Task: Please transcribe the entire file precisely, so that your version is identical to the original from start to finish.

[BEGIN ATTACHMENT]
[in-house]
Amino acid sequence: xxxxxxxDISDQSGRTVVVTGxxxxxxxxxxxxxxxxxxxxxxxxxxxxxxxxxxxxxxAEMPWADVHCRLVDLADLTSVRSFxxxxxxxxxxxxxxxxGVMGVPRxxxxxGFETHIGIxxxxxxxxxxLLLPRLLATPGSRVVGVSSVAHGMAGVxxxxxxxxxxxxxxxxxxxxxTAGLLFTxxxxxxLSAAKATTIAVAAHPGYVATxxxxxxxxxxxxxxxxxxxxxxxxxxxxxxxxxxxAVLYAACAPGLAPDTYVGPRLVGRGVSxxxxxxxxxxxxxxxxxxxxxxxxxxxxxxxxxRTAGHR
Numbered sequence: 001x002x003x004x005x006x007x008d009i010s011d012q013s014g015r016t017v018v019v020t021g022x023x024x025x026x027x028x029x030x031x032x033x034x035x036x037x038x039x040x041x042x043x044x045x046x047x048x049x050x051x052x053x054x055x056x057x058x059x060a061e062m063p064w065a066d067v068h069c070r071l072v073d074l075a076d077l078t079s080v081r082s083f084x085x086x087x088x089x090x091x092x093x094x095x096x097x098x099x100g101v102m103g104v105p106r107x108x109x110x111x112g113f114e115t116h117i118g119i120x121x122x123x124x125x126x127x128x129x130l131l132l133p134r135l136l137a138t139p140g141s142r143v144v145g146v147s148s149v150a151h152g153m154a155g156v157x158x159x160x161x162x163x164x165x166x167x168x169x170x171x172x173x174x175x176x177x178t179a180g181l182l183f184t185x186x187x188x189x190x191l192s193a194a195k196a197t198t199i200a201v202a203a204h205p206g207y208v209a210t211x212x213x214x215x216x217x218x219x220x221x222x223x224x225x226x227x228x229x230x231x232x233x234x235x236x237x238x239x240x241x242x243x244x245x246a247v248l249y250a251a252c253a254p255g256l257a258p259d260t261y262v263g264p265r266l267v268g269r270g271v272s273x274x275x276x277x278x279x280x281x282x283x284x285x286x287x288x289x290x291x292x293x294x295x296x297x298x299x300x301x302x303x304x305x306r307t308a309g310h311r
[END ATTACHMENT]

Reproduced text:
[in-house]
Amino acid sequence: xxxxxxxDISDQSGRTVVVTGxxxxxxxxxxxxxxxxxxxxxxxxxxxxxxxxxxxxxxAEMPWADVHCRLVDLADLTSVRSFxxxxxxxxxxxxxxxxGVMGVPRxxxxxGFETHIGIxxxxxxxxxxLLLPRLLATPGSRVVGVSSVAHGMAGVxxxxxxxxxxxxxxxxxxxxxTAGLLFTxxxxxxLSAAKATTIAVAAHPGYVATxxxxxxxxxxxxxxxxxxxxxxxxxxxxxxxxxxxAVLYAACAPGLAPDTYVGPRLVGRGVSxxxxxxxxxxxxxxxxxxxxxxxxxxxxxxxxxRTAGHR
Numbered sequence: 001x002x003x004x005x006x007x008d009i010s011d012q013s014g015r016t017v018v019v020t021g022x023x024x025x026x027x028x029x030x031x032x033x034x035x036x037x038x039x040x041x042x043x044x045x046x047x048x049x050x051x052x053x054x055x056x057x058x059x060a061e062m063p064w065a066d067v068h069c070r071l072v073d074l075a076d077l078t079s080v081r082s083f084x085x086x087x088x089x090x091x092x093x094x095x096x097x098x099x100g101v102m103g104v105p106r107x108x109x110x111x112g113f114e115t116h117i118g119i120x121x122x123x124x125x126x127x128x129x130l131l132l133p134r135l136l137a138t139p140g141s142r143v144v145g146v147s148s149v150a151h152g153m154a155g156v157x158x159x160x161x162x163x164x165x166x167x168x169x170x171x172x173x174x175x176x177x178t179a180g181l182l183f184t185x186x187x188x189x190x191l192s193a194a195k196a197t198t199i200a201v202a203a204h205p206g207y208v209a210t211x212x213x214x215x216x217x218x219x220x221x222x223x224x225x226x227x228x229x230x231x232x233x234x235x236x237x238x239x240x241x242x243x244x245x246a247v248l249y250a251a252c253a254p255g256l257a258p259d260t261y262v263g264p265r266l267v268g269r270g271v272s273x274x275x276x277x278x279x280x281x282x283x284x285x286x287x288x289x290x291x292x293x294x295x296x297x298x299x300x301x302x303x304x305x306r307t308a309g310h311r